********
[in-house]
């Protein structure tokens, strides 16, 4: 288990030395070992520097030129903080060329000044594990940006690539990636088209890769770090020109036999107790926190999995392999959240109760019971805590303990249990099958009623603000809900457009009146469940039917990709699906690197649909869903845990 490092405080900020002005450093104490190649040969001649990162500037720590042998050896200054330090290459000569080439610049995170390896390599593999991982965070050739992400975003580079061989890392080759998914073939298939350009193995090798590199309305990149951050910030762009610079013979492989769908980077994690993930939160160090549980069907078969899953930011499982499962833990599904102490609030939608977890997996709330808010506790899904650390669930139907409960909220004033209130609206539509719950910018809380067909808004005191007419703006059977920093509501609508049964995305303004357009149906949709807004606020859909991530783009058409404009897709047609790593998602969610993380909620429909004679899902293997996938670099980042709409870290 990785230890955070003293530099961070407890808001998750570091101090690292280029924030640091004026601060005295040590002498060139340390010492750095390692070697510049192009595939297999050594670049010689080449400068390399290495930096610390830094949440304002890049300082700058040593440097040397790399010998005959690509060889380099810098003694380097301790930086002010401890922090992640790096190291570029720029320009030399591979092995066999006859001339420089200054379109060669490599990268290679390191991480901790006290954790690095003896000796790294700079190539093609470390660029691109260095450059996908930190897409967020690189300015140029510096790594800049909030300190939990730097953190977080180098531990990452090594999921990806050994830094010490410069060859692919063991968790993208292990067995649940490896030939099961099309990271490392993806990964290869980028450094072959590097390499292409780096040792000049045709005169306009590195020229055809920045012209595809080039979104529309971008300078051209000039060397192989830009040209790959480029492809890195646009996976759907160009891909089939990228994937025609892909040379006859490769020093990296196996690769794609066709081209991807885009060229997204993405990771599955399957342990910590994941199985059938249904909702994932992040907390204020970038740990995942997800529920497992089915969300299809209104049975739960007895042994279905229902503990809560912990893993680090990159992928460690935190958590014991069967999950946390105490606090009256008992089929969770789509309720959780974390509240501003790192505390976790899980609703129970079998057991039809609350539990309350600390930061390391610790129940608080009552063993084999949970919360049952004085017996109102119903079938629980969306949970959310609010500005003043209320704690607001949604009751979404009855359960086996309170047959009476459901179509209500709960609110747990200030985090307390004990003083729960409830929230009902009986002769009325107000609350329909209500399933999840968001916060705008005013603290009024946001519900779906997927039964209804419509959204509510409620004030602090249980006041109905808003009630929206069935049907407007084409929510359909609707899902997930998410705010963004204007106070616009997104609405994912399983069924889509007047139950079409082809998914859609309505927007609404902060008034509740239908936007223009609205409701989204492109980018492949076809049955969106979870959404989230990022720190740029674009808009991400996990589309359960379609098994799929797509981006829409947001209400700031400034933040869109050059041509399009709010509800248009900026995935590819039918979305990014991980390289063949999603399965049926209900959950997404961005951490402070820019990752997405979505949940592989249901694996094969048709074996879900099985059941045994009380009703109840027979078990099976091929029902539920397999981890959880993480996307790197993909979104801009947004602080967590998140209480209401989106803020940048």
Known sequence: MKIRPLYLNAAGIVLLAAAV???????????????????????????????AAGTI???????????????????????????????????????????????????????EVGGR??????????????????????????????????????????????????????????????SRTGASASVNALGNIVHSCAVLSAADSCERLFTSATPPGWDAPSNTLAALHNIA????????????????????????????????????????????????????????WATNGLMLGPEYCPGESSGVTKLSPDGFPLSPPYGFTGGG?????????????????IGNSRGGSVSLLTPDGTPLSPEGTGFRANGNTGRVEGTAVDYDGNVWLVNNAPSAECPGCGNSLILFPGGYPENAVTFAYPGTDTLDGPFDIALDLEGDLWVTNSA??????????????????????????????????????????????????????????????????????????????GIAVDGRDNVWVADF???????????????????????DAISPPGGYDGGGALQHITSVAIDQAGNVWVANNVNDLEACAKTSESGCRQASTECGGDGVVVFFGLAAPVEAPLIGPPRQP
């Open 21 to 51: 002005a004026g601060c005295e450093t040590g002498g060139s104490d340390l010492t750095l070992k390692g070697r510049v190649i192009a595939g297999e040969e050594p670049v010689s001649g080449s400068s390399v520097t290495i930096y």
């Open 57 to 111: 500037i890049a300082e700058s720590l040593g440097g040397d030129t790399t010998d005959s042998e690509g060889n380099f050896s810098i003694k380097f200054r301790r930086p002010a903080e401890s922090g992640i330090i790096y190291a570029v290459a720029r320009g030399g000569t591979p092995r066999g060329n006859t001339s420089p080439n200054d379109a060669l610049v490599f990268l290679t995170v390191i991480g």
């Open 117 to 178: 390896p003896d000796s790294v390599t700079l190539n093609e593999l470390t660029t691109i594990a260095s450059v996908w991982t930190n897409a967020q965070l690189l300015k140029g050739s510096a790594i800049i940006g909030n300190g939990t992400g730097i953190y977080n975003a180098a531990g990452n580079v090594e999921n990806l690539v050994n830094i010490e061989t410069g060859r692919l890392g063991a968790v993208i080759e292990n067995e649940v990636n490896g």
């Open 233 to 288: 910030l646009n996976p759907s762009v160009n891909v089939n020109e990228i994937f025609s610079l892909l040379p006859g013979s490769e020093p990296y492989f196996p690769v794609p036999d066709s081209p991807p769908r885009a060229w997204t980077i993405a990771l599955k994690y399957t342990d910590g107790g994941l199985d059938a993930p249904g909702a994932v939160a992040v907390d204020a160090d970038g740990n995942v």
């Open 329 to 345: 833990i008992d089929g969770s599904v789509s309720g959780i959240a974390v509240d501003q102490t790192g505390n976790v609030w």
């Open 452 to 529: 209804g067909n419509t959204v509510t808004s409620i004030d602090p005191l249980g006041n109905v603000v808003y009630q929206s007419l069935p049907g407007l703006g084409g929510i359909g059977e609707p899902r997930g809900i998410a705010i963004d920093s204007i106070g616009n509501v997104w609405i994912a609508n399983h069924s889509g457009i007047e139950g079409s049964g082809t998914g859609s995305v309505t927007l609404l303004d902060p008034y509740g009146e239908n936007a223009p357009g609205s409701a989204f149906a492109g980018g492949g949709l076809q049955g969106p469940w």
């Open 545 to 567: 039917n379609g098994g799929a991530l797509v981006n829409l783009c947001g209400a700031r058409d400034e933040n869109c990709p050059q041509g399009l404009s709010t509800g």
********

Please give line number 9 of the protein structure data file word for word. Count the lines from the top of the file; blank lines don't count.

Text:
């Open 452 to 529: 209804g067909n419509t959204v509510t808004s409620i004030d602090p005191l249980g006041n109905v603000v808003y009630q929206s007419l069935p049907g407007l703006g084409g929510i359909g059977e609707p899902r997930g809900i998410a705010i963004d920093s204007i106070g616009n509501v997104w609405i994912a609508n399983h069924s889509g457009i007047e139950g079409s049964g082809t998914g859609s995305v309505t927007l609404l303004d902060p008034y509740g009146e239908n936007a223009p357009g609205s409701a989204f149906a492109g980018g492949g949709l076809q049955g969106p469940w």